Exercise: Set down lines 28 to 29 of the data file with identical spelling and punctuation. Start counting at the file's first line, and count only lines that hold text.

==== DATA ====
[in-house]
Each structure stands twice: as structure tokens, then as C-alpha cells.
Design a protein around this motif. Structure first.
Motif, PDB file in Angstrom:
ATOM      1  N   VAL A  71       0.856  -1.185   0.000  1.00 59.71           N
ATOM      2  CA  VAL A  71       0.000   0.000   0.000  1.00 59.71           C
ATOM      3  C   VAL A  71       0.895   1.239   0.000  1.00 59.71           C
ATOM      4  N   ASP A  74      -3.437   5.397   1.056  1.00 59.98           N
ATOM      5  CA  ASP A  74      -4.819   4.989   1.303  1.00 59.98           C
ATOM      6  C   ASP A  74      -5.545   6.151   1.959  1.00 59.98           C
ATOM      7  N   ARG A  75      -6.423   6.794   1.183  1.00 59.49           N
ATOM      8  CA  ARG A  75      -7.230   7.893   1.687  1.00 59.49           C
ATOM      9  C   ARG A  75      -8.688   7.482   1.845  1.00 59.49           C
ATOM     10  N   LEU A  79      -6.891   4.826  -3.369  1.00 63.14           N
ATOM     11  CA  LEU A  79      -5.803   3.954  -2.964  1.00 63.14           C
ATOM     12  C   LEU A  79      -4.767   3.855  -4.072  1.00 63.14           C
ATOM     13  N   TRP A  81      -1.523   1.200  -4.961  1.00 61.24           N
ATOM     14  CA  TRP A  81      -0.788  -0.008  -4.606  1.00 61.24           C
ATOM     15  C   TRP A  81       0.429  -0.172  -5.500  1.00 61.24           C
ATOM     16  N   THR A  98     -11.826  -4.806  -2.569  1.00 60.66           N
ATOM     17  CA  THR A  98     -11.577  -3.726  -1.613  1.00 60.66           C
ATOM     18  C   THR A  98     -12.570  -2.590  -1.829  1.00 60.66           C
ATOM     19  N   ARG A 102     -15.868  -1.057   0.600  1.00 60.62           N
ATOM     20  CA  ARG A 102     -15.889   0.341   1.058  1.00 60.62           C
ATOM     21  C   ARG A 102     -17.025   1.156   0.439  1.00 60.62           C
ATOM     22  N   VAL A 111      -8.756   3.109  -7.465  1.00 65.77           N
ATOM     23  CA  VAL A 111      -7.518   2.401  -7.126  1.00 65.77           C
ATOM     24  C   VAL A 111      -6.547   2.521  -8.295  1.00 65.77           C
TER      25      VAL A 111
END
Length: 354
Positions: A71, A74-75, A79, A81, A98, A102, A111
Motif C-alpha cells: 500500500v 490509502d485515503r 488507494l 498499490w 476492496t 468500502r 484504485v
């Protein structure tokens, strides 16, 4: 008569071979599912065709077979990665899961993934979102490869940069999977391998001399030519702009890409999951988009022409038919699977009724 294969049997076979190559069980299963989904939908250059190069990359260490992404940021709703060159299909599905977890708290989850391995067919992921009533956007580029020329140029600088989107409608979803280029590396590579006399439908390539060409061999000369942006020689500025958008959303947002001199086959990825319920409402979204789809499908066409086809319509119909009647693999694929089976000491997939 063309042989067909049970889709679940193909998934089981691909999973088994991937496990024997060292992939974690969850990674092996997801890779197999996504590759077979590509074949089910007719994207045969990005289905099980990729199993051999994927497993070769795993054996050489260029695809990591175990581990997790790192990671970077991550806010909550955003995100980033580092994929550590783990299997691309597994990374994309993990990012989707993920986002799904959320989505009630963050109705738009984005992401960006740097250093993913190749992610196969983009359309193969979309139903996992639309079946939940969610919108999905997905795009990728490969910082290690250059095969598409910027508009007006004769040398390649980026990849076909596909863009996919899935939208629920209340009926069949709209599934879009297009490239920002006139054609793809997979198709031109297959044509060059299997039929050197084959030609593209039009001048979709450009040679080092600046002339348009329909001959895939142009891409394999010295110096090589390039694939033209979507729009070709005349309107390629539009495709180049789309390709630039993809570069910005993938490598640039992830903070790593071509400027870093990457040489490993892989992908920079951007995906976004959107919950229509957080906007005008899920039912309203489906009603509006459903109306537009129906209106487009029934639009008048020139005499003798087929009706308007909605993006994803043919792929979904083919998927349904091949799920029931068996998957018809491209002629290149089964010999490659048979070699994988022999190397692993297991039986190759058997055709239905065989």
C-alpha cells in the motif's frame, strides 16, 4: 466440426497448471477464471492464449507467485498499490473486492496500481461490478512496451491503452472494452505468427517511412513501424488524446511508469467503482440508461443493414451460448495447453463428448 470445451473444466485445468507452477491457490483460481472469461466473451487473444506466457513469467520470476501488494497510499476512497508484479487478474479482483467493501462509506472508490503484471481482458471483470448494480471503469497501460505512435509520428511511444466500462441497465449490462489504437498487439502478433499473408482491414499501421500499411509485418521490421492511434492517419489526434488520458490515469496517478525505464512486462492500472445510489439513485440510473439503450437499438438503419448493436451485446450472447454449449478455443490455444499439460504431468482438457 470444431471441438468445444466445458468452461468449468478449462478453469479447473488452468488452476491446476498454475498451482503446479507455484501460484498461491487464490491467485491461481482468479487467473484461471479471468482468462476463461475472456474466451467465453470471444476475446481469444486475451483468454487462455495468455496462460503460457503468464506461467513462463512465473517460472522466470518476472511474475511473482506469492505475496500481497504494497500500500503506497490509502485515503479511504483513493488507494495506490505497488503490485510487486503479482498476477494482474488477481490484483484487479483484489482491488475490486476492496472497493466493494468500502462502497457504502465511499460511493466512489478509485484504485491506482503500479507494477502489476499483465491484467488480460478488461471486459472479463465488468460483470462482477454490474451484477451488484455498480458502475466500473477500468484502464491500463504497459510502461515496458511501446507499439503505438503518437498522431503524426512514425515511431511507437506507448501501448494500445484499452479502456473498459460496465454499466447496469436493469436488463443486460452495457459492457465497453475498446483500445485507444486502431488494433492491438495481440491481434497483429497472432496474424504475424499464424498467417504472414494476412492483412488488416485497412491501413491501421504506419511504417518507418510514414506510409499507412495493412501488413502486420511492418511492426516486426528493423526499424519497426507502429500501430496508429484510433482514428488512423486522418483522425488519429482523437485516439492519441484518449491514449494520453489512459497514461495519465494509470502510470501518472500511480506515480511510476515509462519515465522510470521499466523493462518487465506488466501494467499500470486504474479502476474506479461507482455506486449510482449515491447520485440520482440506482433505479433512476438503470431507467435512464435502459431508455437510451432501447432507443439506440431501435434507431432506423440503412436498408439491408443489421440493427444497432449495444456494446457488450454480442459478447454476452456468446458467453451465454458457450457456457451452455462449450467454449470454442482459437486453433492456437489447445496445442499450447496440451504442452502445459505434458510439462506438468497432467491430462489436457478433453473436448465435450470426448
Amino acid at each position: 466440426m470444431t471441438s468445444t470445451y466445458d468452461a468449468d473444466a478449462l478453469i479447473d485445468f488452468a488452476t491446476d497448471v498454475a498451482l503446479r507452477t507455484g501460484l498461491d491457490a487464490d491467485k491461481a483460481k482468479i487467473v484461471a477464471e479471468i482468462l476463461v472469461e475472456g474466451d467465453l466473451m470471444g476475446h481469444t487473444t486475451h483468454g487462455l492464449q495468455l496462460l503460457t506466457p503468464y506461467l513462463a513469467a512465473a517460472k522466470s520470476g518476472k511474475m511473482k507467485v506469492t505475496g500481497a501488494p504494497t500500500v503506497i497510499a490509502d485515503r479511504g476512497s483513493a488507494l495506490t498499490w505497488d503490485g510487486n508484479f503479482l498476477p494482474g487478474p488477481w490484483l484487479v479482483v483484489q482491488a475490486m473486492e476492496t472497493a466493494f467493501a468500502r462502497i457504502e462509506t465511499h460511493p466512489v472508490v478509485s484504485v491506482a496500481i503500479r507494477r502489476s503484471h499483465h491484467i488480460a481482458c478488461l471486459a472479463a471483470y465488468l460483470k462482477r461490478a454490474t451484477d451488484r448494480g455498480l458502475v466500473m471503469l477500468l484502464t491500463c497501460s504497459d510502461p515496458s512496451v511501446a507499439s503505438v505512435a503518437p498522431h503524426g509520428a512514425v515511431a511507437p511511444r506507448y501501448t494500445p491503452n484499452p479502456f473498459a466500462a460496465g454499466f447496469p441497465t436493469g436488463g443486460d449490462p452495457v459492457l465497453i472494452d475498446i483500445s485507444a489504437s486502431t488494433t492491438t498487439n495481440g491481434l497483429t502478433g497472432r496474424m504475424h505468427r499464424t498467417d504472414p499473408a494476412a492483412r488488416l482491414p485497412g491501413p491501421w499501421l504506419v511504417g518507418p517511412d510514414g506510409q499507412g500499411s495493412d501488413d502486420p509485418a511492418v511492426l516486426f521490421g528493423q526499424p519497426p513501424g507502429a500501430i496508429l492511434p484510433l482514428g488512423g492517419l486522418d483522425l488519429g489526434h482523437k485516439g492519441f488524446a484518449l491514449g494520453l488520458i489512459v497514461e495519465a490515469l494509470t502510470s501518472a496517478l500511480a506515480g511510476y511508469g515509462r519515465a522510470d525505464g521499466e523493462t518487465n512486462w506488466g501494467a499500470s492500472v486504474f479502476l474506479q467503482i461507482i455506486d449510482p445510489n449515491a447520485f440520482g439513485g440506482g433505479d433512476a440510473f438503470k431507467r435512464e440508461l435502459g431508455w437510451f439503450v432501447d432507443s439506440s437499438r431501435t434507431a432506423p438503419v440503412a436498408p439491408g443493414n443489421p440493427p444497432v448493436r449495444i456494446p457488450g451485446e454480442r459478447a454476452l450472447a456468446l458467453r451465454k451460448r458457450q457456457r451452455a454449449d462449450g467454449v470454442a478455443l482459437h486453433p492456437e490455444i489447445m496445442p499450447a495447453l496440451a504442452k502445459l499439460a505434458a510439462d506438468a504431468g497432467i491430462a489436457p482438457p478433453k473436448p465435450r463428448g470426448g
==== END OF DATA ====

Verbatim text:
ATOM     24  C   VAL A 111      -6.547   2.521  -8.295  1.00 65.77           C
TER      25      VAL A 111